Edited by OldGoat
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36 minutes ago, MtB said:

In my view there is plenty of space under the typical NB floor to fit underfloor heating, but it isn't done routinely because 

 

1) It needs precious, expensively and noisily generated electric power to run it, all the time it is cold.

2) Occasionally and rarely, access to the bilge space is needed, which would be blocked by underfloor heating.

3) If damaged by for example, screwing something to the floor, access to fix it is a PITA.

4) It requires high quality insulation laying at the build stage so nit suitable for retro-fit.

5) It is very slow to respond to changes in air temp/weather, which is the opposite of what you want in a boat so not particularly cozy to live with.

6) Diesel is more expensive than solid fuel per unit of energy purchased. 

7) There is probably not enough floor area exposed in a NB to adequately heat the room volumes. This kills it for NBs but maybe not for WBs.

 

But basically yes, to answer your question it would help keep your feet warmer. 

 

 

 

 

Thank you very valid points 

 

29 minutes ago, Jen-in-Wellies said:

Floor covering is the key to warm feet in winter.

Tiles - no! My mistake in the bathroom and kitchen.

Wood/laminate. Seems OK from other peoples boats.

Flotex. Seems OK from other peoples boats.

Carpet, with insulating underlay. Rugs etc. Works well.

Slippers!

Jen

Thanks good information. I agree no tiles we have tiles all through our property down stairs and although the house is warm in winter the floor can still be cold

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11 minutes ago, OldGoat said:

Some / many / mebe even - all  systems that work well in a house / aren't translatable to a boat for technincal / practical reasons.

In the OP's case - how about putting panel radiators under the gunnels where there is  4 inches or so of unisable space. If you don't mind having the metal panel visible it becomes a useful device for drying 'things'.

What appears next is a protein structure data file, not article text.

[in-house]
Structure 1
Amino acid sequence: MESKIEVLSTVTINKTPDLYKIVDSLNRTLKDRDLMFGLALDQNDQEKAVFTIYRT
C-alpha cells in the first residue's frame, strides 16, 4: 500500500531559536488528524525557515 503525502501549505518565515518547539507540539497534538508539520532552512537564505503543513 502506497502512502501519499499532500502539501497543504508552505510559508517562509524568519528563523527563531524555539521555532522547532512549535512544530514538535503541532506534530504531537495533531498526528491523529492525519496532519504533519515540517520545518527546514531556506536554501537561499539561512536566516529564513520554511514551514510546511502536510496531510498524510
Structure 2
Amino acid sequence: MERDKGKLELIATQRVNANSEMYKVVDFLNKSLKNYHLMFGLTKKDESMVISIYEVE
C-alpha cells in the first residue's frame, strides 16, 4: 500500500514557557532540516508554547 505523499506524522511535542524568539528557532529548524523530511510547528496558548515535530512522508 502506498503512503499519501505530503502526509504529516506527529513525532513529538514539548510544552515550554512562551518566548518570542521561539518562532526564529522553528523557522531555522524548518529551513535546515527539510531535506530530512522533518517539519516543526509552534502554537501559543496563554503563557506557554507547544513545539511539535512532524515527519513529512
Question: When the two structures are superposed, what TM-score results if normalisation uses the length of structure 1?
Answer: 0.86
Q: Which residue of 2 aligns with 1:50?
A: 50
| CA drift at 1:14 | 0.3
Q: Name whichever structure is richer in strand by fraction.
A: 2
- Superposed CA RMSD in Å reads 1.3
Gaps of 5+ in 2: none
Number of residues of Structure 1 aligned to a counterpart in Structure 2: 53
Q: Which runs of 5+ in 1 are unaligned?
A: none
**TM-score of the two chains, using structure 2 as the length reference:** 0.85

You can't do that with underfloor or blown air heating. Another advantage of separate radiators is that you can control the heat of each unit (if installed 'properly') so that it's cool in the bedroom (etc).

Thanks valid point there. I am just starting to look at radiators now see what's available.

I allotted myself two two hours a day to search boating  ideas equipment specs etc, but so far, have been at it well over 8 hrs. a day. It is getting a bit of an obsession now.🤪

Edited by BPot
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The golden rule for a contented boating life is KISS. Keep It Simple Stu***, if it can go wrong it will.  It is't easy to get a 'man' to come and fix it, a mile down a muddy towpath, from the nearest car park. Most boats use coal wood or diesel in a stove to provide heat because the alternatives use electric power to drive fans or pumps (except the rare good gravity back boiler systems). Electric power in the months of December and January is like gold dust very scarce, unless you are in a marina on shorepower.  February, March and October November are not a lot better. Even with the roof covered with Solar panels in winter you can only get enough electricity for lighting and pumps, even a 12 volt fridge is questionable, and 240 volt anything will really strain any solar charge. So you are left with petrol/diesel generation and that works out about 5 times as expensive as mains power, per unit.